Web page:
The 2019 growing season was challenging for producers, with poor harvest weather and early snowfall, resulting in more than one million insured acres remaining in the field over the winter.

“Farmers in Alberta have just gone through one of the toughest harvests in recent memory and now face the many repercussions of COVID-19. We are working with AFSC to simplify their operations to be more efficient at processing claims while also improving service standards and responsiveness for farmers and ranchers.”

Devin Dreeshen, Minister of Agriculture and Forestry

AFSC adjusters have committed to settling outstanding cases quickly so that farmers can move on with seeding. As of May 20, adjusters have completed nearly all of the outstanding inspections – only about 130 inspections remain and are currently in progress. New wildlife claims continue to come in, and AFSC is responding quickly. 

AFSC made a number of operational changes, including increasing the number of claims verified remotely using yield volume and quality data compared with supporting weather data without on-site inspection.

“Our adjusters have been working hard, and we’ve geographically moved them to meet peak needs. We’ve assigned the majority of cases received to our adjusters and the bulk of outstanding inspections and wildlife claims were completed the first week of May.”

Jerry Bouma, interim chief executive officer, AFSC

Although the COVID-19 pandemic has shifted how AFSC approaches day-to-day operations, staff are available by phone or email to help producers arrange inspections, purchase insurance, enrol in AgriStability, request a loan or answer questions. Branch offices remain open but have restricted public access.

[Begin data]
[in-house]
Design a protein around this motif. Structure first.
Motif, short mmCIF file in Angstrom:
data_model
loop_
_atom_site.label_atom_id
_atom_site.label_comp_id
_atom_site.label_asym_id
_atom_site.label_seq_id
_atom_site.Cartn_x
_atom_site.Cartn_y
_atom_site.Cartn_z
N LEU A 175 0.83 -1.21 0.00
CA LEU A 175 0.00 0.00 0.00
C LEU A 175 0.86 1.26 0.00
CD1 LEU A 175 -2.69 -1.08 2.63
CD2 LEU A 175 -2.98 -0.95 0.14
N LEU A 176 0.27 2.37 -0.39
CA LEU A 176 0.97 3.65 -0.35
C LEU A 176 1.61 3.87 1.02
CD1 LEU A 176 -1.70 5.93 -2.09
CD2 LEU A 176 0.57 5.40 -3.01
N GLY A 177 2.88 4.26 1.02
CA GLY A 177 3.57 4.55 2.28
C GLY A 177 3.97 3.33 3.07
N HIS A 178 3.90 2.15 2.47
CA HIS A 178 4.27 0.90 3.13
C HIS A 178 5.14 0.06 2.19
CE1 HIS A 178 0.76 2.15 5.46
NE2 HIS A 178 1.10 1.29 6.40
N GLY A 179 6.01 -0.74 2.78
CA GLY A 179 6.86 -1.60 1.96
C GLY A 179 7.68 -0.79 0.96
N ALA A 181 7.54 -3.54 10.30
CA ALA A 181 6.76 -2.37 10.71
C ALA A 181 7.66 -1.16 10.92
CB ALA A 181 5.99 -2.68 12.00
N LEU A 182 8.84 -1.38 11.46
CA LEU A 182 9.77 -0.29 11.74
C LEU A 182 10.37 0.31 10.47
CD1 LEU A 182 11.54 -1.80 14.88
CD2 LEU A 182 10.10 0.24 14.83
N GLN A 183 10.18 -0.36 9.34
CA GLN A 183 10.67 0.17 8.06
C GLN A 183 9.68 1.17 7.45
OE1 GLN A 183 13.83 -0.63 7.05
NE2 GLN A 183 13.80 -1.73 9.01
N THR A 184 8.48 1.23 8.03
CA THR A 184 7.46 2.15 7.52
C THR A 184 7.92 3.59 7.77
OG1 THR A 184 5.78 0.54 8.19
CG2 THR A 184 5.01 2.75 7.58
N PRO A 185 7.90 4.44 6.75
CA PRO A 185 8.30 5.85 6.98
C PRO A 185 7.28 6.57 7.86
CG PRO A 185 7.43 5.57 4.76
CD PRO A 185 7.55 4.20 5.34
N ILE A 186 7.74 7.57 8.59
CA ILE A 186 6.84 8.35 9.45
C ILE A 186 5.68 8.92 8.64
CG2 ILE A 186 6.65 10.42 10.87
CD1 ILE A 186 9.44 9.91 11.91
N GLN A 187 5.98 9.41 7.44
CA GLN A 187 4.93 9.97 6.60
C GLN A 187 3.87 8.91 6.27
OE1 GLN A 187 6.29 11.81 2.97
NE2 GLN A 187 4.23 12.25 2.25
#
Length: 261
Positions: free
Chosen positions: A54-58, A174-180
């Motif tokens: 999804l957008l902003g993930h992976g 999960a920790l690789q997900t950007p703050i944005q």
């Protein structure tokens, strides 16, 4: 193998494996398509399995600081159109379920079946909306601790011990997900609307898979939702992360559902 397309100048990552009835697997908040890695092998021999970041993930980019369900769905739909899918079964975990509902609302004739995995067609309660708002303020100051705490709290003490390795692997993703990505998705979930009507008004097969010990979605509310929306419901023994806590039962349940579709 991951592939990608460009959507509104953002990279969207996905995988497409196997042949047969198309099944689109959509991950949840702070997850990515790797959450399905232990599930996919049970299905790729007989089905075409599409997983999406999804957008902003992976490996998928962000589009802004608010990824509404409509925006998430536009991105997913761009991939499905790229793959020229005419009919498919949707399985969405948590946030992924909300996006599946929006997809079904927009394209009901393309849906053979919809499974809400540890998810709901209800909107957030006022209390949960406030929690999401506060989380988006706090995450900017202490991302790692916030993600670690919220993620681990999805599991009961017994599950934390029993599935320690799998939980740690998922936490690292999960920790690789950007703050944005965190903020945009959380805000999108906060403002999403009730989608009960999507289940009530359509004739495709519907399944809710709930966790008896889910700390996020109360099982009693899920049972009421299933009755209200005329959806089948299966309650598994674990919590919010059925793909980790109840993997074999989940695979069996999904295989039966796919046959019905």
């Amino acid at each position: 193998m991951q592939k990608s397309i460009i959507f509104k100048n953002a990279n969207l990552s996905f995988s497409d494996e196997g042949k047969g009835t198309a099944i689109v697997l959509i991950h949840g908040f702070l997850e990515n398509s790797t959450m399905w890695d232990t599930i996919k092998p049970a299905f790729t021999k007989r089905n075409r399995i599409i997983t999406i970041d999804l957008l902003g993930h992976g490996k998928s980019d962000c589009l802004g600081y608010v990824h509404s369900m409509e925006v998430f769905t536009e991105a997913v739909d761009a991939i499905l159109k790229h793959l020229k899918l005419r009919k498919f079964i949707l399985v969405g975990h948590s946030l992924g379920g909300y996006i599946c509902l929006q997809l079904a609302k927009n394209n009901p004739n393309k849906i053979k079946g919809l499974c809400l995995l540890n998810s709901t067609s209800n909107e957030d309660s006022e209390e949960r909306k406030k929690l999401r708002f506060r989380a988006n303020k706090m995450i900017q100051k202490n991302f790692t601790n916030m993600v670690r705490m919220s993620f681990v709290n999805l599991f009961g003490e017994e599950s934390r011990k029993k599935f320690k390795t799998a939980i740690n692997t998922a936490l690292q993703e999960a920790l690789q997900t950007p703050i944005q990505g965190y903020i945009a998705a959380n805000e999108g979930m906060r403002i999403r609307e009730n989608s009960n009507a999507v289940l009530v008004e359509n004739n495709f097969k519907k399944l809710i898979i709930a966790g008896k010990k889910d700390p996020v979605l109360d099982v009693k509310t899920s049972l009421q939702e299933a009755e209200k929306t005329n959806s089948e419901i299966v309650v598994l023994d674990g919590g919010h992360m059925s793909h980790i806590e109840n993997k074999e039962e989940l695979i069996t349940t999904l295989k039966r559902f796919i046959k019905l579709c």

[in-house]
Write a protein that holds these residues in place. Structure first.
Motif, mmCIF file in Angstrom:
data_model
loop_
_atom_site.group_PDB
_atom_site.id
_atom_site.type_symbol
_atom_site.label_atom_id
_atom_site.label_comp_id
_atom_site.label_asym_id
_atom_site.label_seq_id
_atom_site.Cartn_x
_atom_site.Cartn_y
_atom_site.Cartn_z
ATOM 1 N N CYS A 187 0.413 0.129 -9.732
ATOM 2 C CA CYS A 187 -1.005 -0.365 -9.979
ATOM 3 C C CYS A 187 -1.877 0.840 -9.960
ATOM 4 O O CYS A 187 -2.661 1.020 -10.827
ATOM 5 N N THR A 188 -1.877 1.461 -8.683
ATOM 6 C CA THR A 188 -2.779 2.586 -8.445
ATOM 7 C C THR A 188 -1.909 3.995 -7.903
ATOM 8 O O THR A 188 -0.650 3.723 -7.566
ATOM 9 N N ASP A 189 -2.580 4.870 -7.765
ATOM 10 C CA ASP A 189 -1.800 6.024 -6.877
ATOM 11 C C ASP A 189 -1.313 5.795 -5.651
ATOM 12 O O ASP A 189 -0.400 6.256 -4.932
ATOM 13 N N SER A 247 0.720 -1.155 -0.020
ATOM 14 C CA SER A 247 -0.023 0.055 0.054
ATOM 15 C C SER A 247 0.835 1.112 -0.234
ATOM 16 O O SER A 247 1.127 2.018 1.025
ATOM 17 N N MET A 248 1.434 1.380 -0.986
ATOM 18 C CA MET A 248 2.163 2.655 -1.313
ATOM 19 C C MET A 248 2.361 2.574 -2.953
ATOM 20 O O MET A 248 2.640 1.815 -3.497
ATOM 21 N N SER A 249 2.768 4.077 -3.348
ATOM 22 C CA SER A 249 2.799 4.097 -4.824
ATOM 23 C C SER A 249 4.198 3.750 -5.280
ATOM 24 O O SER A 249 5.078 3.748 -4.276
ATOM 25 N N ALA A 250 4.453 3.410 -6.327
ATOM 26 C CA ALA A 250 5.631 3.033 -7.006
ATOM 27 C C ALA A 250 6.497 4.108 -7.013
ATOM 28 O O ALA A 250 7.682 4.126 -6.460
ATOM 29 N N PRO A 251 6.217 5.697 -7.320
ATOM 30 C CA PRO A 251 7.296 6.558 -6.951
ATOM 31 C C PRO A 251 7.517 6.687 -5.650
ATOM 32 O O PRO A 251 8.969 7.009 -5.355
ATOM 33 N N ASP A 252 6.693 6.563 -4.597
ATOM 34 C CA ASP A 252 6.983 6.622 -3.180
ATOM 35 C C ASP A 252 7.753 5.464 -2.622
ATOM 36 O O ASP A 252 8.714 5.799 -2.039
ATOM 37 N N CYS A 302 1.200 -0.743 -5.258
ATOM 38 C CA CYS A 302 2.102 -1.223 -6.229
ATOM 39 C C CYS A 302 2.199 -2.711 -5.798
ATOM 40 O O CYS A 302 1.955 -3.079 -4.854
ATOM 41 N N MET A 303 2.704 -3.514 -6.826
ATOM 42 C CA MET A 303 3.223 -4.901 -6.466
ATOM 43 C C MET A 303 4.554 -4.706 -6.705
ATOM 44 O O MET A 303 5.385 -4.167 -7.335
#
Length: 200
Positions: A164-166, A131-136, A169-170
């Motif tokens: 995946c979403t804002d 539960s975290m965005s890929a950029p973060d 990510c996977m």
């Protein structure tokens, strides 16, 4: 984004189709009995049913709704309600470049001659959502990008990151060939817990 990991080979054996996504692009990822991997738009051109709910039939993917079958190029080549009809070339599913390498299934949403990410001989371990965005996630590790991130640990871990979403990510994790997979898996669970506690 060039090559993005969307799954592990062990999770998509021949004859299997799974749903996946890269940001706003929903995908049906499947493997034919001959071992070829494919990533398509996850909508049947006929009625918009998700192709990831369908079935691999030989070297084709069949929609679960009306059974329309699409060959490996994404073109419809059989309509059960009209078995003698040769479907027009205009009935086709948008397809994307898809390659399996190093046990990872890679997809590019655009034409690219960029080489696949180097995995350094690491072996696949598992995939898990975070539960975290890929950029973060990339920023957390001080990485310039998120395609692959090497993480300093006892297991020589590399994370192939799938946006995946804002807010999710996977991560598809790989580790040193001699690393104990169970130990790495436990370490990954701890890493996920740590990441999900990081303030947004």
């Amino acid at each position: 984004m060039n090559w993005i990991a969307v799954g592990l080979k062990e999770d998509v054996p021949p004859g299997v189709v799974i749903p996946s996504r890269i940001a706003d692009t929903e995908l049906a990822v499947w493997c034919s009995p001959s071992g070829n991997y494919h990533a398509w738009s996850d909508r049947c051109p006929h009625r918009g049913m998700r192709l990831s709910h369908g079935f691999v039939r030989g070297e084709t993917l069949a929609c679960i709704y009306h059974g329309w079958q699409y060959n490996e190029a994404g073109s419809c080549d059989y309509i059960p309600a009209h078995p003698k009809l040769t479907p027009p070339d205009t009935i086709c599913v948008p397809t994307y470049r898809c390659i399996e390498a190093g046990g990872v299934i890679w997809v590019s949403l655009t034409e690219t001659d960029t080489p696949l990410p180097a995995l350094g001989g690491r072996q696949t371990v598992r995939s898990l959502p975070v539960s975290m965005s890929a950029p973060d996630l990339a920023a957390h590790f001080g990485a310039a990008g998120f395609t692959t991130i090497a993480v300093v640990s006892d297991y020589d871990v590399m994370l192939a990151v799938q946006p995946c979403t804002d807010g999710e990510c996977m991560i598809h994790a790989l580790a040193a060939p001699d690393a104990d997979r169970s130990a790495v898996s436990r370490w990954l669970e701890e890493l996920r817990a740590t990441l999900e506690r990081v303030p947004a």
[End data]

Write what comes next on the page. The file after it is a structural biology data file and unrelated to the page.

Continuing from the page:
AFSC serves the Alberta agricultural community, and their programs and services are available to help clients get ready for the growing season.

For more information on Alberta’s Relaunch Strategy to safely begin removing public health restrictions and reopen our economy, visit alberta.ca/RelaunchStrategy. Financial supports are also in place to help Alberta families and businesses.

Quick facts

  • Producers with unharvested acres should contact their local AFSC branch office.
  • AFSC extended the period of insurance to offer producers continued coverage on their insured unharvested crops until harvest can be completed this spring.
  • Snowed-under crops that are harvested in the spring can usually still be sold or fed at a discounted price, and this is taken into account when crop insurance claims are settled.
  • AFSC claims adjusters contact clients who will be baling their unharvested crop, have filed a pre-harvest inspection request or wildlife inspection request. Depending on the situation, AFSC may be able to finalize the claim without a physical inspection.

Media inquiries